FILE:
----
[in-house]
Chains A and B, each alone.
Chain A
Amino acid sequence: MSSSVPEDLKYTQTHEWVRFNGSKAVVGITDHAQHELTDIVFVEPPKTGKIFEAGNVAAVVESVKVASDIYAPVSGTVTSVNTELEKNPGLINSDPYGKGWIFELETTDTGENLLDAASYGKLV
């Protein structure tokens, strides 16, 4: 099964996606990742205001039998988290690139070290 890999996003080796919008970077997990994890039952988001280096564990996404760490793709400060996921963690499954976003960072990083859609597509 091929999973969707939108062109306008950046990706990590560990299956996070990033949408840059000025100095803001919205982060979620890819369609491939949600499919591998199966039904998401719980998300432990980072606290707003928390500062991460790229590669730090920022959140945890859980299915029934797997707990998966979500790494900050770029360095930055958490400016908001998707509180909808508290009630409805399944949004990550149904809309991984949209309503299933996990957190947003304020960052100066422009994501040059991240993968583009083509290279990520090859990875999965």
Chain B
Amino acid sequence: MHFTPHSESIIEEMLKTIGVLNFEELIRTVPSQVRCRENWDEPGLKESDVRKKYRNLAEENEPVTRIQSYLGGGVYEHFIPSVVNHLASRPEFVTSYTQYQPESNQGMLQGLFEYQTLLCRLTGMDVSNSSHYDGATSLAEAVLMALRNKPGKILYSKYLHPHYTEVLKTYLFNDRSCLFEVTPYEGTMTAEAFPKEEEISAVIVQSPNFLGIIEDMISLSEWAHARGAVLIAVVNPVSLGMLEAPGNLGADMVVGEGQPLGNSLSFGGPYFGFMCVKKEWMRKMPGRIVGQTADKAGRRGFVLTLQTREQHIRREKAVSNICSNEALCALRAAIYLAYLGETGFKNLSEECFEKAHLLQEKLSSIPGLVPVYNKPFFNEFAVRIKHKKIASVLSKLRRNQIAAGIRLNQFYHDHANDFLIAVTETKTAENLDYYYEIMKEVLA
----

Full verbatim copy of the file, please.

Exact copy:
[in-house]
Chains A and B, each alone.
Chain A
Amino acid sequence: MSSSVPEDLKYTQTHEWVRFNGSKAVVGITDHAQHELTDIVFVEPPKTGKIFEAGNVAAVVESVKVASDIYAPVSGTVTSVNTELEKNPGLINSDPYGKGWIFELETTDTGENLLDAASYGKLV
């Protein structure tokens, strides 16, 4: 099964996606990742205001039998988290690139070290 890999996003080796919008970077997990994890039952988001280096564990996404760490793709400060996921963690499954976003960072990083859609597509 091929999973969707939108062109306008950046990706990590560990299956996070990033949408840059000025100095803001919205982060979620890819369609491939949600499919591998199966039904998401719980998300432990980072606290707003928390500062991460790229590669730090920022959140945890859980299915029934797997707990998966979500790494900050770029360095930055958490400016908001998707509180909808508290009630409805399944949004990550149904809309991984949209309503299933996990957190947003304020960052100066422009994501040059991240993968583009083509290279990520090859990875999965």
Chain B
Amino acid sequence: MHFTPHSESIIEEMLKTIGVLNFEELIRTVPSQVRCRENWDEPGLKESDVRKKYRNLAEENEPVTRIQSYLGGGVYEHFIPSVVNHLASRPEFVTSYTQYQPESNQGMLQGLFEYQTLLCRLTGMDVSNSSHYDGATSLAEAVLMALRNKPGKILYSKYLHPHYTEVLKTYLFNDRSCLFEVTPYEGTMTAEAFPKEEEISAVIVQSPNFLGIIEDMISLSEWAHARGAVLIAVVNPVSLGMLEAPGNLGADMVVGEGQPLGNSLSFGGPYFGFMCVKKEWMRKMPGRIVGQTADKAGRRGFVLTLQTREQHIRREKAVSNICSNEALCALRAAIYLAYLGETGFKNLSEECFEKAHLLQEKLSSIPGLVPVYNKPFFNEFAVRIKHKKIASVLSKLRRNQIAAGIRLNQFYHDHANDFLIAVTETKTAENLDYYYEIMKEVLA